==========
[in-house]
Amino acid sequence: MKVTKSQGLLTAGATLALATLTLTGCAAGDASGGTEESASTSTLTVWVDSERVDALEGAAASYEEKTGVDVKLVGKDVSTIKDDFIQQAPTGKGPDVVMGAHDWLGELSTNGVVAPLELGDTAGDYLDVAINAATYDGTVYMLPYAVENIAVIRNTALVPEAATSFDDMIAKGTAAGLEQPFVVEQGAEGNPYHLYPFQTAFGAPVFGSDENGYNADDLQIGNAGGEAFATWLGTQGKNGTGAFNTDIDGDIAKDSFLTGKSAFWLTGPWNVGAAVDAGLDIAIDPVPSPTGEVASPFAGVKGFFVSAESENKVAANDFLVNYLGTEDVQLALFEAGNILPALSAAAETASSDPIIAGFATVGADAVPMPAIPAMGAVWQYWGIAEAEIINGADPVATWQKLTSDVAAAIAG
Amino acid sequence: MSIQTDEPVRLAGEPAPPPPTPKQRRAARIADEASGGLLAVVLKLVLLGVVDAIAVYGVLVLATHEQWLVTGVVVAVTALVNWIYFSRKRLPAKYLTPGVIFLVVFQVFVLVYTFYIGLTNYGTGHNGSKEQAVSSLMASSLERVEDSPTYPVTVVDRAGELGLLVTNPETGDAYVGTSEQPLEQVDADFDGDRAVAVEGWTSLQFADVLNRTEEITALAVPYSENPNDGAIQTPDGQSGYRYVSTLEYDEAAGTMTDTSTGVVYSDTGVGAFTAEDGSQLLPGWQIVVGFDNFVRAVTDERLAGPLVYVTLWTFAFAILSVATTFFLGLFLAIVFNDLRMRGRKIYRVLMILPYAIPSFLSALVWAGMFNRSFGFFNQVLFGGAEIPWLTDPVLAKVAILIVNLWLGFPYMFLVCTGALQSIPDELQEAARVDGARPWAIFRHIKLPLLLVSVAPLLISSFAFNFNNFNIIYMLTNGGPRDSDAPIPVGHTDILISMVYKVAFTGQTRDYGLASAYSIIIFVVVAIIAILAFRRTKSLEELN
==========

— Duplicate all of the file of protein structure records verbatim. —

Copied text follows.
[in-house]
Amino acid sequence: MKVTKSQGLLTAGATLALATLTLTGCAAGDASGGTEESASTSTLTVWVDSERVDALEGAAASYEEKTGVDVKLVGKDVSTIKDDFIQQAPTGKGPDVVMGAHDWLGELSTNGVVAPLELGDTAGDYLDVAINAATYDGTVYMLPYAVENIAVIRNTALVPEAATSFDDMIAKGTAAGLEQPFVVEQGAEGNPYHLYPFQTAFGAPVFGSDENGYNADDLQIGNAGGEAFATWLGTQGKNGTGAFNTDIDGDIAKDSFLTGKSAFWLTGPWNVGAAVDAGLDIAIDPVPSPTGEVASPFAGVKGFFVSAESENKVAANDFLVNYLGTEDVQLALFEAGNILPALSAAAETASSDPIIAGFATVGADAVPMPAIPAMGAVWQYWGIAEAEIINGADPVATWQKLTSDVAAAIAG
Amino acid sequence: MSIQTDEPVRLAGEPAPPPPTPKQRRAARIADEASGGLLAVVLKLVLLGVVDAIAVYGVLVLATHEQWLVTGVVVAVTALVNWIYFSRKRLPAKYLTPGVIFLVVFQVFVLVYTFYIGLTNYGTGHNGSKEQAVSSLMASSLERVEDSPTYPVTVVDRAGELGLLVTNPETGDAYVGTSEQPLEQVDADFDGDRAVAVEGWTSLQFADVLNRTEEITALAVPYSENPNDGAIQTPDGQSGYRYVSTLEYDEAAGTMTDTSTGVVYSDTGVGAFTAEDGSQLLPGWQIVVGFDNFVRAVTDERLAGPLVYVTLWTFAFAILSVATTFFLGLFLAIVFNDLRMRGRKIYRVLMILPYAIPSFLSALVWAGMFNRSFGFFNQVLFGGAEIPWLTDPVLAKVAILIVNLWLGFPYMFLVCTGALQSIPDELQEAARVDGARPWAIFRHIKLPLLLVSVAPLLISSFAFNFNNFNIIYMLTNGGPRDSDAPIPVGHTDILISMVYKVAFTGQTRDYGLASAYSIIIFVVVAIIAILAFRRTKSLEELN